The season of giving has started, and for social good organizations and nonprofits, it’s the ideal time to fundraise. During the holidays, people feel generous, and for donors, year-end donations can qualify for a few last deductions before the tax season kicks off.

But skepticism about donating to charities has increased in the last few years. Some charity scandals have been revealed in the media, and there are a lot of myths and misconceptions around giving. While it’s certainly important to evaluate those concerns, it’s also important that you challenge those common misunderstandings and dig deeper to find the truth. You have to be able to separate fact from fiction when it comes to what you’ve heard and be realistic about your impact.

Here are some key myths I’ve encountered about giving and the truth about them—so you can donate effectively and wisely this holiday season and throughout the year.

Myth #1: I’ll Never Know the Impact of My Donation

Reality: True—if you don’t take the time to find out.

We sometimes donate because we want to feel good and be done with it. But it’s important to understand what your money goes to support—so before you donate, research the organizations you’re considering and their true impact.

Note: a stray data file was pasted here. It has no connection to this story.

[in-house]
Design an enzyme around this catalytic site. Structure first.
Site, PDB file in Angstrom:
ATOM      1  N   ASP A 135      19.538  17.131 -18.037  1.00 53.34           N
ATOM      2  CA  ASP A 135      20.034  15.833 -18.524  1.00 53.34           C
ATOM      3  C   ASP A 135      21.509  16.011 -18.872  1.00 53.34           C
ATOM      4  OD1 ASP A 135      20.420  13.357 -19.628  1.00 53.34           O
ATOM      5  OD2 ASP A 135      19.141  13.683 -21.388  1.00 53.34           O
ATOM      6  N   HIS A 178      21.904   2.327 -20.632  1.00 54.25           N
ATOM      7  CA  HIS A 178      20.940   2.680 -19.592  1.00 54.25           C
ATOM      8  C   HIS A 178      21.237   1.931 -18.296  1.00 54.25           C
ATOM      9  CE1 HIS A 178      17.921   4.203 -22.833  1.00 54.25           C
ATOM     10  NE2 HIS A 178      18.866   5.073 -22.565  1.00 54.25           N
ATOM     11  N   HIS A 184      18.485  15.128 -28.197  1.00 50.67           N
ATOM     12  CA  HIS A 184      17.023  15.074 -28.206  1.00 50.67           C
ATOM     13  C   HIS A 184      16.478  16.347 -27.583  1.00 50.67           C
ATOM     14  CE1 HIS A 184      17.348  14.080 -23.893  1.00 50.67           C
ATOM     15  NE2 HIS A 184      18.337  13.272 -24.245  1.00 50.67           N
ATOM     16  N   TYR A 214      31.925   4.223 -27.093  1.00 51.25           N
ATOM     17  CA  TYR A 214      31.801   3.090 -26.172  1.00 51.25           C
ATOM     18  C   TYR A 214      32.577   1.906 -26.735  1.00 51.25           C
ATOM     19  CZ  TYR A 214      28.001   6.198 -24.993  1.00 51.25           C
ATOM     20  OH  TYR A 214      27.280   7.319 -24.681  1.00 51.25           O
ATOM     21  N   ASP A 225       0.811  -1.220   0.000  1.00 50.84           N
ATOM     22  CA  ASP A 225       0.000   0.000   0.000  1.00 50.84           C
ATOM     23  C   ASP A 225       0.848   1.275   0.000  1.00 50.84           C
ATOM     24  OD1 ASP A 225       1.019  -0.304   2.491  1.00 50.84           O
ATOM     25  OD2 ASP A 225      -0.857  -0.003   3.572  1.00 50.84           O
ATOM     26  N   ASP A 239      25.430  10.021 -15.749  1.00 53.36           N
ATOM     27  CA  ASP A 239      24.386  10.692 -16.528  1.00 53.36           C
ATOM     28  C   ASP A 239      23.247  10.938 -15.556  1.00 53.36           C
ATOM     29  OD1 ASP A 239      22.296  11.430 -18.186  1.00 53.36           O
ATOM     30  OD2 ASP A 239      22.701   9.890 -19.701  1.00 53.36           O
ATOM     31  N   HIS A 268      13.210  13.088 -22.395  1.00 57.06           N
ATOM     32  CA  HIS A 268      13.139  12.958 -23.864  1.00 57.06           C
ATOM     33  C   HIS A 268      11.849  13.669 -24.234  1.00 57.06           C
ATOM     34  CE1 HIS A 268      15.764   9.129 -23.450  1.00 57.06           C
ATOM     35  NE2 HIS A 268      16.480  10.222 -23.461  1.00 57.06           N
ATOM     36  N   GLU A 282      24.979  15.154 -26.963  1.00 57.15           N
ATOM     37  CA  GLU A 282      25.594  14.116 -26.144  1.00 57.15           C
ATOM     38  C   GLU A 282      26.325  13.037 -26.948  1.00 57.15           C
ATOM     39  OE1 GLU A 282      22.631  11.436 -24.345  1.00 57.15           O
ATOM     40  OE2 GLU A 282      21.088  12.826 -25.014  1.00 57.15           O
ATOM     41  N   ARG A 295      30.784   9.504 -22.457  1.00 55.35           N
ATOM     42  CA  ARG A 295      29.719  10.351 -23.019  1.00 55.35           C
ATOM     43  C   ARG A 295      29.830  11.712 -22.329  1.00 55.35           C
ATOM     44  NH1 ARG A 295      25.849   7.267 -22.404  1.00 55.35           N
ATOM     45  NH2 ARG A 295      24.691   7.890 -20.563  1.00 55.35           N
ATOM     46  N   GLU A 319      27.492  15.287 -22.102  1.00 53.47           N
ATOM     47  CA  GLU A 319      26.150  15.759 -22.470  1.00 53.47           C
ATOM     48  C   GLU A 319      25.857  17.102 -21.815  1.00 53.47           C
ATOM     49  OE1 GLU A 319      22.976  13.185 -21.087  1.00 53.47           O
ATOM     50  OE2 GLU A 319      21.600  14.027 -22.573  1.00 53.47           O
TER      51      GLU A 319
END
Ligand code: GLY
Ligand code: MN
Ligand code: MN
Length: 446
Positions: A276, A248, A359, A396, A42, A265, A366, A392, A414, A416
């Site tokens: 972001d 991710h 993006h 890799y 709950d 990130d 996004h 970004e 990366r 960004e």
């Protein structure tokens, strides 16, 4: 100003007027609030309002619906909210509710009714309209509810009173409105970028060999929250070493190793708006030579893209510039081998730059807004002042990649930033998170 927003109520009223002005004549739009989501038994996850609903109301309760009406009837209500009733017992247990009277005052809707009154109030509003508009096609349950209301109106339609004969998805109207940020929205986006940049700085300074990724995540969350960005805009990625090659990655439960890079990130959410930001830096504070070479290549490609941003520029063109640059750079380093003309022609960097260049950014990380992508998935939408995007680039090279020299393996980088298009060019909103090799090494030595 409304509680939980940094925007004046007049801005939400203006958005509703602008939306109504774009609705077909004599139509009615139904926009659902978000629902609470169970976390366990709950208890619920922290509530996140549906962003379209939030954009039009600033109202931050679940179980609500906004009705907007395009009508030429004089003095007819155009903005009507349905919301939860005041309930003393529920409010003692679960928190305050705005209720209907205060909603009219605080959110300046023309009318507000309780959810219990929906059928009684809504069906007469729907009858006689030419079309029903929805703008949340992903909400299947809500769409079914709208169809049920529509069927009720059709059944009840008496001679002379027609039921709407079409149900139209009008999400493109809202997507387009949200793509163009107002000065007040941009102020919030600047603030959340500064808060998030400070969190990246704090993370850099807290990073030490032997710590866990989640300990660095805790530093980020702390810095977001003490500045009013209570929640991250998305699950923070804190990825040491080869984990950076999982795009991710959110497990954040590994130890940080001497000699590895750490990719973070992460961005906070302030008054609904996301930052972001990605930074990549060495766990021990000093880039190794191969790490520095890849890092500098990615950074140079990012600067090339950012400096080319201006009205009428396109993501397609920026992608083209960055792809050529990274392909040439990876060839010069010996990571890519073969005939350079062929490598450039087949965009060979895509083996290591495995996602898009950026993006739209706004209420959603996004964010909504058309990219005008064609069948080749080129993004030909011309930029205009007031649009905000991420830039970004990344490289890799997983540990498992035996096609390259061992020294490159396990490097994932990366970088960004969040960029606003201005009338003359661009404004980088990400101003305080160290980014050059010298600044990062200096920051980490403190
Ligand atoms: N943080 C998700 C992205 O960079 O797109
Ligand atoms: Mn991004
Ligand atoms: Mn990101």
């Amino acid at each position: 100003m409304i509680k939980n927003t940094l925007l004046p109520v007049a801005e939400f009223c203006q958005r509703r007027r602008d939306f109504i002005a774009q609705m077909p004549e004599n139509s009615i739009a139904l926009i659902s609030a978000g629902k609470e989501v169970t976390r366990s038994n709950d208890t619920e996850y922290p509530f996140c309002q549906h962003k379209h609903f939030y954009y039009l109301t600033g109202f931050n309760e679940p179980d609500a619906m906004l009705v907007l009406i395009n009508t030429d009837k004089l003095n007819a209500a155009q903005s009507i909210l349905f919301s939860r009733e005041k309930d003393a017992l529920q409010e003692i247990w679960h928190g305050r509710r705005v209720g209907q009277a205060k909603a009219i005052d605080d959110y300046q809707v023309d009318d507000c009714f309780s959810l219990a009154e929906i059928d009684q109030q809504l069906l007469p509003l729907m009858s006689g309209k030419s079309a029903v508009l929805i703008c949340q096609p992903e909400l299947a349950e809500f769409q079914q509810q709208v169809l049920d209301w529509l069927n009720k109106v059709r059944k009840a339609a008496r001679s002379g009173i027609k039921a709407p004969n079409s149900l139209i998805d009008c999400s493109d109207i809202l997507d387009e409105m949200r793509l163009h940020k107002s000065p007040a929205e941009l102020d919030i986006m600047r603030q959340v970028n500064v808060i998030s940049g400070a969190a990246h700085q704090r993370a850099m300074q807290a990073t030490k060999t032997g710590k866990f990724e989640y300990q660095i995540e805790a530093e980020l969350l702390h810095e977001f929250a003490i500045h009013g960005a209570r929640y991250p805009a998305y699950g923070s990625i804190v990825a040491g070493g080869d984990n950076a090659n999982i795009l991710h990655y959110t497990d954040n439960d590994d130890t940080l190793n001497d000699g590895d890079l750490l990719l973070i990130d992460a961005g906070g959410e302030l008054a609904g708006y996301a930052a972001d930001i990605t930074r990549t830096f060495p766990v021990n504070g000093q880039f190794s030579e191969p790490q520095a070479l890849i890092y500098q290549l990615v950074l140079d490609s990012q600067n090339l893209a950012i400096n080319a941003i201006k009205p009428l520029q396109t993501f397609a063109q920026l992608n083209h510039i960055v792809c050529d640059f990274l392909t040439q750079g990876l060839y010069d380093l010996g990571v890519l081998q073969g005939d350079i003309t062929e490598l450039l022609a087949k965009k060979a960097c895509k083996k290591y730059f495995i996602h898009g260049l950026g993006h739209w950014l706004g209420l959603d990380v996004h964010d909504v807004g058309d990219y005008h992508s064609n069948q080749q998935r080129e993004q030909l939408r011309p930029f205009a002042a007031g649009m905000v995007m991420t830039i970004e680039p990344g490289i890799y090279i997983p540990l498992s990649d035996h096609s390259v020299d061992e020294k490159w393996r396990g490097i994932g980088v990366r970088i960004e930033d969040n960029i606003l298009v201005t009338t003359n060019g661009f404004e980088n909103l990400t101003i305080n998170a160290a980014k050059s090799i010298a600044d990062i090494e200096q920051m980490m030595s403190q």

Keep in mind, you may have to dig deep. A tagline or mission statement may be broad and persuasive, but there’s more to it. For example, if an organization’s website suggests it supports "agricultural empowerment" or "supporting livelihoods,” does is mean it leads job trainings? Does it provide farm animals or other goods? How does the organization decide what communities it works with? How does its leadership team monitor and evaluate their successes and failures? Do they spend more on marketing than on the actual, mission-driven work?

To find the answers, look for an annual on the organization’s website, or search for the company on sites likes Glassdoor and Charity Navigator to find out the back story of the nonprofit’s impact and delivery and what it's like in the office.

Myth #2: I Make More of an Impact When I Donate to an International Cause

Reality: False. It’s not about where you donate, but how the donation will be used.

It’s striking how people are often more willing to donate to and support social issues thousands of miles away in other countries, when there are a number of human rights and social issues that need support in their local community.

But remember that organizations are competing for your attention and your funds, and often, the ones with the best stories win. These tend to be the organizations with worldwide operations—and big marketing budgets.

But keep in mind that the same stories might be happening in your own backyard, but there isn’t always a team to market them as well as some of the big guys. We need to get over the idea that social issues happen only in faraway places and realize that, in fact, similar concerns are usually connected around the world. Homelessness and hunger, as just a couple examples, exist everywhere in the world.

Don’t get me wrong—donating to an international cause is great. But your donations can make just as much of an impact (if not more) on local causes.

Myth #3: My Donation Will Pay a Director’s Salary, Not the Person Doing the Work

Reality: True—but that’s not necessarily a bad thing.